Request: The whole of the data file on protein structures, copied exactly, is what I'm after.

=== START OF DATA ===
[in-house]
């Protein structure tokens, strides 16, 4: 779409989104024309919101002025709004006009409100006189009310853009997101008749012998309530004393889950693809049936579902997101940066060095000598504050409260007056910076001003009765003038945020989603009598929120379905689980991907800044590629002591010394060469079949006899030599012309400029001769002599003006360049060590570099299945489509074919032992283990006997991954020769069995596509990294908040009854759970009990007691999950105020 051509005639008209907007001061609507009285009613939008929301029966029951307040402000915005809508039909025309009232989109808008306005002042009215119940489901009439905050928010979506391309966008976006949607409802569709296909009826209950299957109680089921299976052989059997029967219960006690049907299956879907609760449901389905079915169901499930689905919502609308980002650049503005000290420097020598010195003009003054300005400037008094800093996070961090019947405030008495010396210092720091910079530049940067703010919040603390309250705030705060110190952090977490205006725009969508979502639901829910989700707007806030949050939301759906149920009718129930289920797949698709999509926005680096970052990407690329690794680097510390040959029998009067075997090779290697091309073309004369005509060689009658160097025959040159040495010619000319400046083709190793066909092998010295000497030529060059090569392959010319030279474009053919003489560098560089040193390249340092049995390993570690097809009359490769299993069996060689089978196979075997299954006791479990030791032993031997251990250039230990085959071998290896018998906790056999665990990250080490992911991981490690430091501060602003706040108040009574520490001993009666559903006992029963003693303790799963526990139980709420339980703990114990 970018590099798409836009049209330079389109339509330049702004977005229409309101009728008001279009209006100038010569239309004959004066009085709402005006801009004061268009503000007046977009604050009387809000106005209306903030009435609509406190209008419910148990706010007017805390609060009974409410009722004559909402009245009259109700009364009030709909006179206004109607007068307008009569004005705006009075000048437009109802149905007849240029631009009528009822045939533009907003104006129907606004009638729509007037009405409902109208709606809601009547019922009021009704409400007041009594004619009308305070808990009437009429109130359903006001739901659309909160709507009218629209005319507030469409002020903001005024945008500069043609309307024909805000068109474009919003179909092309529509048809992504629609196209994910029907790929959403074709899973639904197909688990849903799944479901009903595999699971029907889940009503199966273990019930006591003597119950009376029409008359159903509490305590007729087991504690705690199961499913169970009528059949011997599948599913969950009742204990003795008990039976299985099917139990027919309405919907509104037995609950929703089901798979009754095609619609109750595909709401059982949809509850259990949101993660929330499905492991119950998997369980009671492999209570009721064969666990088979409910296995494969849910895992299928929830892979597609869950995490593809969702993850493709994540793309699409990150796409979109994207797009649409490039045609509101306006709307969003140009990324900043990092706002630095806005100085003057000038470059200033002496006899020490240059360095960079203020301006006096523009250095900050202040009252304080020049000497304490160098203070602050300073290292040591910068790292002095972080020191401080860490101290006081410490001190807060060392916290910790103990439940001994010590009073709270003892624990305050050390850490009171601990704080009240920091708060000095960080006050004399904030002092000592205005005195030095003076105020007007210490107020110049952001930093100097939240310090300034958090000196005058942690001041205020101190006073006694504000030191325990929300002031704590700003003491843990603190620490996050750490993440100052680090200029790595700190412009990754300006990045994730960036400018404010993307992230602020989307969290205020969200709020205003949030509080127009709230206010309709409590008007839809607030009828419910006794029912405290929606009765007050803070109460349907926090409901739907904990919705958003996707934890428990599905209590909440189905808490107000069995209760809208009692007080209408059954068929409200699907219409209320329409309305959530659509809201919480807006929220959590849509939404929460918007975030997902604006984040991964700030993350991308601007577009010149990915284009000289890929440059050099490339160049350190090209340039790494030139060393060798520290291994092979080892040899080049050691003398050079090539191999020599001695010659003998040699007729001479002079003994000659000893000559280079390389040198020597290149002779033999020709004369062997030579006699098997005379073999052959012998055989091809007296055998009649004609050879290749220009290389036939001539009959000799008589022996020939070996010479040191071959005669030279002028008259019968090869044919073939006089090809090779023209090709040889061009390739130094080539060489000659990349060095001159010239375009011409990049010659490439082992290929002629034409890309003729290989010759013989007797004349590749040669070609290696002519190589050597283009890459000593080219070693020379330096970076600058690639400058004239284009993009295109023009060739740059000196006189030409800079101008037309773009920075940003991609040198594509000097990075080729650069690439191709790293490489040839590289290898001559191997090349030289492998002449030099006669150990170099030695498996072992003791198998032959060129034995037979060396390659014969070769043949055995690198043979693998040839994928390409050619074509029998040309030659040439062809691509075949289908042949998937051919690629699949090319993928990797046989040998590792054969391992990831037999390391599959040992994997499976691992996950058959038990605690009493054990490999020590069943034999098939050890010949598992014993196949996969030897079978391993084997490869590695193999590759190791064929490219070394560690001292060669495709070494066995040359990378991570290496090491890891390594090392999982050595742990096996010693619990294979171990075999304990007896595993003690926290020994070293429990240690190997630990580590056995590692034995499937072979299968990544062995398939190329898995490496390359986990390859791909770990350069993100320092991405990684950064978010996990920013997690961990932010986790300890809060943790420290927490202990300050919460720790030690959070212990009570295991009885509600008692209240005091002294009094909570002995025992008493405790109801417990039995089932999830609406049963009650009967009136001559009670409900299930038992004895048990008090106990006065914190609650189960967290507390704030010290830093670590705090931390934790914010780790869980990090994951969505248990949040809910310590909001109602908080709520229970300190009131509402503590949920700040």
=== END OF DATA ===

[in-house]
């Protein structure tokens, strides 16, 4: 779409989104024309919101002025709004006009409100006189009310853009997101008749012998309530004393889950693809049936579902997101940066060095000598504050409260007056910076001003009765003038945020989603009598929120379905689980991907800044590629002591010394060469079949006899030599012309400029001769002599003006360049060590570099299945489509074919032992283990006997991954020769069995596509990294908040009854759970009990007691999950105020 051509005639008209907007001061609507009285009613939008929301029966029951307040402000915005809508039909025309009232989109808008306005002042009215119940489901009439905050928010979506391309966008976006949607409802569709296909009826209950299957109680089921299976052989059997029967219960006690049907299956879907609760449901389905079915169901499930689905919502609308980002650049503005000290420097020598010195003009003054300005400037008094800093996070961090019947405030008495010396210092720091910079530049940067703010919040603390309250705030705060110190952090977490205006725009969508979502639901829910989700707007806030949050939301759906149920009718129930289920797949698709999509926005680096970052990407690329690794680097510390040959029998009067075997090779290697091309073309004369005509060689009658160097025959040159040495010619000319400046083709190793066909092998010295000497030529060059090569392959010319030279474009053919003489560098560089040193390249340092049995390993570690097809009359490769299993069996060689089978196979075997299954006791479990030791032993031997251990250039230990085959071998290896018998906790056999665990990250080490992911991981490690430091501060602003706040108040009574520490001993009666559903006992029963003693303790799963526990139980709420339980703990114990 970018590099798409836009049209330079389109339509330049702004977005229409309101009728008001279009209006100038010569239309004959004066009085709402005006801009004061268009503000007046977009604050009387809000106005209306903030009435609509406190209008419910148990706010007017805390609060009974409410009722004559909402009245009259109700009364009030709909006179206004109607007068307008009569004005705006009075000048437009109802149905007849240029631009009528009822045939533009907003104006129907606004009638729509007037009405409902109208709606809601009547019922009021009704409400007041009594004619009308305070808990009437009429109130359903006001739901659309909160709507009218629209005319507030469409002020903001005024945008500069043609309307024909805000068109474009919003179909092309529509048809992504629609196209994910029907790929959403074709899973639904197909688990849903799944479901009903595999699971029907889940009503199966273990019930006591003597119950009376029409008359159903509490305590007729087991504690705690199961499913169970009528059949011997599948599913969950009742204990003795008990039976299985099917139990027919309405919907509104037995609950929703089901798979009754095609619609109750595909709401059982949809509850259990949101993660929330499905492991119950998997369980009671492999209570009721064969666990088979409910296995494969849910895992299928929830892979597609869950995490593809969702993850493709994540793309699409990150796409979109994207797009649409490039045609509101306006709307969003140009990324900043990092706002630095806005100085003057000038470059200033002496006899020490240059360095960079203020301006006096523009250095900050202040009252304080020049000497304490160098203070602050300073290292040591910068790292002095972080020191401080860490101290006081410490001190807060060392916290910790103990439940001994010590009073709270003892624990305050050390850490009171601990704080009240920091708060000095960080006050004399904030002092000592205005005195030095003076105020007007210490107020110049952001930093100097939240310090300034958090000196005058942690001041205020101190006073006694504000030191325990929300002031704590700003003491843990603190620490996050750490993440100052680090200029790595700190412009990754300006990045994730960036400018404010993307992230602020989307969290205020969200709020205003949030509080127009709230206010309709409590008007839809607030009828419910006794029912405290929606009765007050803070109460349907926090409901739907904990919705958003996707934890428990599905209590909440189905808490107000069995209760809208009692007080209408059954068929409200699907219409209320329409309305959530659509809201919480807006929220959590849509939404929460918007975030997902604006984040991964700030993350991308601007577009010149990915284009000289890929440059050099490339160049350190090209340039790494030139060393060798520290291994092979080892040899080049050691003398050079090539191999020599001695010659003998040699007729001479002079003994000659000893000559280079390389040198020597290149002779033999020709004369062997030579006699098997005379073999052959012998055989091809007296055998009649004609050879290749220009290389036939001539009959000799008589022996020939070996010479040191071959005669030279002028008259019968090869044919073939006089090809090779023209090709040889061009390739130094080539060489000659990349060095001159010239375009011409990049010659490439082992290929002629034409890309003729290989010759013989007797004349590749040669070609290696002519190589050597283009890459000593080219070693020379330096970076600058690639400058004239284009993009295109023009060739740059000196006189030409800079101008037309773009920075940003991609040198594509000097990075080729650069690439191709790293490489040839590289290898001559191997090349030289492998002449030099006669150990170099030695498996072992003791198998032959060129034995037979060396390659014969070769043949055995690198043979693998040839994928390409050619074509029998040309030659040439062809691509075949289908042949998937051919690629699949090319993928990797046989040998590792054969391992990831037999390391599959040992994997499976691992996950058959038990605690009493054990490999020590069943034999098939050890010949598992014993196949996969030897079978391993084997490869590695193999590759190791064929490219070394560690001292060669495709070494066995040359990378991570290496090491890891390594090392999982050595742990096996010693619990294979171990075999304990007896595993003690926290020994070293429990240690190997630990580590056995590692034995499937072979299968990544062995398939190329898995490496390359986990390859791909770990350069993100320092991405990684950064978010996990920013997690961990932010986790300890809060943790420290927490202990300050919460720790030690959070212990009570295991009885509600008692209240005091002294009094909570002995025992008493405790109801417990039995089932999830609406049963009650009967009136001559009670409900299930038992004895048990008090106990006065914190609650189960967290507390704030010290830093670590705090931390934790914010780790869980990090994951969505248990949040809910310590909001109602908080709520229970300190009131509402503590949920700040």